Franz Liszt composer
Sergei Prokofiev composer
Judith Shatin composer
Gayle Martin piano
Pianist Gayle Martin achieved international prominence as the sole American laureate of the sixth International Tchaikovsky Piano Competition in Moscow. The Washington Post called her performance “a tour de force” and praised her artistry for its “intense passion and deep-seated emotional response to the music.” The Woodstock Times cited her recital as one “which, if recorded on 78’s, could have fooled the average pianophile into thinking he or she was listening to one of the greats of the past.” A native of Texas, Gayle was a student of Madame Rosina Lhévinne at The Juilliard School, where she was awarded the coveted Josef Lhévinne Prize.
Gayle’s vivid response to literature, sacred writings, ballet and opera inspired this Ravello release TO KEEP THE DARK AWAY, which pairs the emotional fervor, lyrical eloquence and narrative power of contemporary composer Judith Shatin with those same qualities in composers of the Romantic and early modern eras. Transcriptions, both by composers themselves, in the case of Prokofiev and Shatin, and by Liszt, in music of Schumann and Wagner, embody timeless tales, while musical accounts of St. Cecilia, of Shakespeare’s Romeo and Juliet, and poetry of Emily Dickinson are here transformed into music.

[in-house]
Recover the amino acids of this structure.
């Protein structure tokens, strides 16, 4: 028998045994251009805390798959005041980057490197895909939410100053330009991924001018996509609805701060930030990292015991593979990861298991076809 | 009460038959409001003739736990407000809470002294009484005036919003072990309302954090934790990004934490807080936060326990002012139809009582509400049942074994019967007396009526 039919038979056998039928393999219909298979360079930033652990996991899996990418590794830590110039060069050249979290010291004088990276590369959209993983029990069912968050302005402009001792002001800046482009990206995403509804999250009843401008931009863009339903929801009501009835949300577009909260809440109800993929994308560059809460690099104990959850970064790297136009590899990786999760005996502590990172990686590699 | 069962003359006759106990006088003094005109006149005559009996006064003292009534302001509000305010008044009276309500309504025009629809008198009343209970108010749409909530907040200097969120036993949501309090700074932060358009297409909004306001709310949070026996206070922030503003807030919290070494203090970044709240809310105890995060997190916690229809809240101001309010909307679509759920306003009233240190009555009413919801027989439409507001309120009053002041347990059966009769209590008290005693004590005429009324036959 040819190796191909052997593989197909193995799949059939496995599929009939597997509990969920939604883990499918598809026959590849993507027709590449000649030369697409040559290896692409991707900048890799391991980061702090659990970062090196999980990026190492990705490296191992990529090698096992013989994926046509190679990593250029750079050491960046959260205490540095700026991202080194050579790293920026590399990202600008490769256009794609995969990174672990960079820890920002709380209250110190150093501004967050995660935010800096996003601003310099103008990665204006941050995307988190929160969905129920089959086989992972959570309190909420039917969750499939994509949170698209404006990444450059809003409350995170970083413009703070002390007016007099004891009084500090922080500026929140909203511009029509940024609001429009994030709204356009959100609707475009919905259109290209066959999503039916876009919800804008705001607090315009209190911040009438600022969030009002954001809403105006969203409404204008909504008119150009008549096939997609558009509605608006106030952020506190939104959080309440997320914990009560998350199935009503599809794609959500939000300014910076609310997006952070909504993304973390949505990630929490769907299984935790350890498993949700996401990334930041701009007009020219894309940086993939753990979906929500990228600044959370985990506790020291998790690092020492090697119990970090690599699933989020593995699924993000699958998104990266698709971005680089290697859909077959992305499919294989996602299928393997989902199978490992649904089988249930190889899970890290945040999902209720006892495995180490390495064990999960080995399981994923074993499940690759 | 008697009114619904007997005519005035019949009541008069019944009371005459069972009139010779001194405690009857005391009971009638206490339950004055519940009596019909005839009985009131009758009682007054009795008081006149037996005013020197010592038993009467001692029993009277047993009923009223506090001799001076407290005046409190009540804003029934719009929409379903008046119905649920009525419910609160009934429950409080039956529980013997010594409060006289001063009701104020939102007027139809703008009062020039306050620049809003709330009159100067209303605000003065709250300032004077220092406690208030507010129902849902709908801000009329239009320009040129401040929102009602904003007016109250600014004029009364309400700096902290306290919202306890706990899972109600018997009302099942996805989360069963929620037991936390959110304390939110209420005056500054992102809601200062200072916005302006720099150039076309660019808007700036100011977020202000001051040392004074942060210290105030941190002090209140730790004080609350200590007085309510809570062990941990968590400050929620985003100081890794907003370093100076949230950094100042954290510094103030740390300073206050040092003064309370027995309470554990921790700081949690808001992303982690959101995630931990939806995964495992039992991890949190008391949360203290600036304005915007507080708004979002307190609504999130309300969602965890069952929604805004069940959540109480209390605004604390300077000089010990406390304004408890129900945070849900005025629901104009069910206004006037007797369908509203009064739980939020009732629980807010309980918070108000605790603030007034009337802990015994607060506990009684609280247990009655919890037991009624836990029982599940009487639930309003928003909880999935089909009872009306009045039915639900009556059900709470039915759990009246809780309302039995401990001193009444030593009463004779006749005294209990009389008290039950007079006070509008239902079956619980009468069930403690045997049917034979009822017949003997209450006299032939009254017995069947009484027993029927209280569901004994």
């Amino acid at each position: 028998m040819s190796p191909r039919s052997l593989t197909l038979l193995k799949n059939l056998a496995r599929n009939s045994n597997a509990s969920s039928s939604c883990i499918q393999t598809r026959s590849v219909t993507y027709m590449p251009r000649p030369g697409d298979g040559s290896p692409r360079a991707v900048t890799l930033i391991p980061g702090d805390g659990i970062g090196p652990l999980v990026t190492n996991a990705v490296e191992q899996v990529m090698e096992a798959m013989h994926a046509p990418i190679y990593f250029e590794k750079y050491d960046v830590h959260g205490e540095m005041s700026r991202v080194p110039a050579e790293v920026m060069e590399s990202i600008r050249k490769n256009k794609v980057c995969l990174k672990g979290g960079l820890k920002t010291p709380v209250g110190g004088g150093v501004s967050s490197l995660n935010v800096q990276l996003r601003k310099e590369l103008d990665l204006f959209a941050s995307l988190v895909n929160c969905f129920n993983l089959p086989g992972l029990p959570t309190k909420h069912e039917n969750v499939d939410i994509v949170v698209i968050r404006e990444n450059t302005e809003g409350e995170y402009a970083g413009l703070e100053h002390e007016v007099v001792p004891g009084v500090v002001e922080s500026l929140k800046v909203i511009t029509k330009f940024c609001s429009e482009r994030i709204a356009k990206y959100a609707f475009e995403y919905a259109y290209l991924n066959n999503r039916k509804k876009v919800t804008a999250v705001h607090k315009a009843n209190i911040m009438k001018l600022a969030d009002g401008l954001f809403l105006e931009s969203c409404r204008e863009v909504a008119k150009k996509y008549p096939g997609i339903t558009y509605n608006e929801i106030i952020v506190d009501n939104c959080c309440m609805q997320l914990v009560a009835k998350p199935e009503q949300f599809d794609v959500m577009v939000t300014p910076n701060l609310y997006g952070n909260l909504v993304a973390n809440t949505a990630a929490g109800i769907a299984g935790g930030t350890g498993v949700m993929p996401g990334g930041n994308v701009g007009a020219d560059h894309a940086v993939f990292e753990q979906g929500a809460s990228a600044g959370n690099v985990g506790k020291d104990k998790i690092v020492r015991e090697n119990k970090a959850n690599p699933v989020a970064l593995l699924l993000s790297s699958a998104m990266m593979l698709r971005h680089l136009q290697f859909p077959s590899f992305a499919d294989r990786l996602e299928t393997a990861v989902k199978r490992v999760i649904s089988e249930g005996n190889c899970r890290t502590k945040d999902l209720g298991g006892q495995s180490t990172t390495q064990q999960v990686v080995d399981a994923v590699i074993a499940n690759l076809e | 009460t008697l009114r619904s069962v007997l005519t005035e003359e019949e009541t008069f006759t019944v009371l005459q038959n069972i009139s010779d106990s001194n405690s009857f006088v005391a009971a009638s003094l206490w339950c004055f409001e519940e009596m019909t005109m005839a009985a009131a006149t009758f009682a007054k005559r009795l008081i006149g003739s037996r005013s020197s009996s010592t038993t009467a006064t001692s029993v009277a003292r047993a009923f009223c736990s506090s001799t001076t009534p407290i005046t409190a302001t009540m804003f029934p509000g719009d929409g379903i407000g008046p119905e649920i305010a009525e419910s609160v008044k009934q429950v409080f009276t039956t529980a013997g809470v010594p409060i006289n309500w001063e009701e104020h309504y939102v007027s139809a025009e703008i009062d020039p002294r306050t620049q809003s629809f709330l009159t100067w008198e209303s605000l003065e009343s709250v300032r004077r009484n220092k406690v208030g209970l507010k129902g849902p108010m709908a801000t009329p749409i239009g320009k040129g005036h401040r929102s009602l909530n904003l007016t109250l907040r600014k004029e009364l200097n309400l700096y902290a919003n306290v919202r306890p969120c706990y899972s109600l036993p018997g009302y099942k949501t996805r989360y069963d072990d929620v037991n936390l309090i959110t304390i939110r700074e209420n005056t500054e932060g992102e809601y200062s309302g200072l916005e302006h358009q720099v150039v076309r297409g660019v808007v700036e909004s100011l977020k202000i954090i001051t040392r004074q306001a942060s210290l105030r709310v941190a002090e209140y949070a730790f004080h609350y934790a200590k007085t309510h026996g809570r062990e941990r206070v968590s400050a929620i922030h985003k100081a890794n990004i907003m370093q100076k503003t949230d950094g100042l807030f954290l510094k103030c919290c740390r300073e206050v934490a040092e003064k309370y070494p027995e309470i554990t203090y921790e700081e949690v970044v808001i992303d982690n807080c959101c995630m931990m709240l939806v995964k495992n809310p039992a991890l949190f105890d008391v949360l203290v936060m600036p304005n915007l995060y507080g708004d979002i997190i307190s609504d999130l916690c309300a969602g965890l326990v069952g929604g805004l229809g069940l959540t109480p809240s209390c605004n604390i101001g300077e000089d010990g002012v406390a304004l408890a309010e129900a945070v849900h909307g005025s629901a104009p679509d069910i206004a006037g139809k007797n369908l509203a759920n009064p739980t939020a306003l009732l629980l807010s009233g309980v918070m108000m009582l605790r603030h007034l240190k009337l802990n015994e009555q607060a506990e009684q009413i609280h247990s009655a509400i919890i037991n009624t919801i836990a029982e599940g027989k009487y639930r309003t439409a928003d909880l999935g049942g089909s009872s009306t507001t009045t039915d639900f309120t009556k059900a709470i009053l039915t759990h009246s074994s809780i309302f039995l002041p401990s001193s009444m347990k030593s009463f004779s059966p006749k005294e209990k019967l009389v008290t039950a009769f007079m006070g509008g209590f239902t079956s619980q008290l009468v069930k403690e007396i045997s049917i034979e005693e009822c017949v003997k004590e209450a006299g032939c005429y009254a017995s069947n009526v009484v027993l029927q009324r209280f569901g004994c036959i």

Composer Judith Shatin has an uncanny ability to draw a line between the past, the present, and the future. This, along with Martin’s preternatural ability to discover and emphasize the connective tissue between them all, is something to behold. Shatin, who is William R. Kenan, Jr. Professor in the University of Virginia’s McIntire Department of Music, is known for her dramatic flair and inventive approach to timbral color. These are everywhere in evidence in her two compositions here.